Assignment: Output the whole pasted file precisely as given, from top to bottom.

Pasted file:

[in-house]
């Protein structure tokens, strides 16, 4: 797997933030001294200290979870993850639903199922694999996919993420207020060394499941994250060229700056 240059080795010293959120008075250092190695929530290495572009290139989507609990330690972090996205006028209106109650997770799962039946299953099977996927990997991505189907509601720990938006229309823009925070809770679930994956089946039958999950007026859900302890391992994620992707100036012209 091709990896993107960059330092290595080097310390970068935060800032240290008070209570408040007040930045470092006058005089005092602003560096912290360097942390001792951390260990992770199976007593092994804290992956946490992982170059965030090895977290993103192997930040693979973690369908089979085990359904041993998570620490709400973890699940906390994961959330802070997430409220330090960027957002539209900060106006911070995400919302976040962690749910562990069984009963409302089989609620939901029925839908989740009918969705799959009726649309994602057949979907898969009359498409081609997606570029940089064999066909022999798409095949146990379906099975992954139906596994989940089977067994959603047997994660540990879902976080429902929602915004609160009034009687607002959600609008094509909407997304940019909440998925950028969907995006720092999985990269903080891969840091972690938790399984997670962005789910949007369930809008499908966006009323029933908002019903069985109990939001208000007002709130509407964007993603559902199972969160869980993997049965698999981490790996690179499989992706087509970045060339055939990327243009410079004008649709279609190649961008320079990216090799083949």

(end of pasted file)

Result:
[in-house]
């Protein structure tokens, strides 16, 4: 797997933030001294200290979870993850639903199922694999996919993420207020060394499941994250060229700056 240059080795010293959120008075250092190695929530290495572009290139989507609990330690972090996205006028209106109650997770799962039946299953099977996927990997991505189907509601720990938006229309823009925070809770679930994956089946039958999950007026859900302890391992994620992707100036012209 091709990896993107960059330092290595080097310390970068935060800032240290008070209570408040007040930045470092006058005089005092602003560096912290360097942390001792951390260990992770199976007593092994804290992956946490992982170059965030090895977290993103192997930040693979973690369908089979085990359904041993998570620490709400973890699940906390994961959330802070997430409220330090960027957002539209900060106006911070995400919302976040962690749910562990069984009963409302089989609620939901029925839908989740009918969705799959009726649309994602057949979907898969009359498409081609997606570029940089064999066909022999798409095949146990379906099975992954139906596994989940089977067994959603047997994660540990879902976080429902929602915004609160009034009687607002959600609008094509909407997304940019909440998925950028969907995006720092999985990269903080891969840091972690938790399984997670962005789910949007369930809008499908966006009323029933908002019903069985109990939001208000007002709130509407964007993603559902199972969160869980993997049965698999981490790996690179499989992706087509970045060339055939990327243009410079004008649709279609190649961008320079990216090799083949």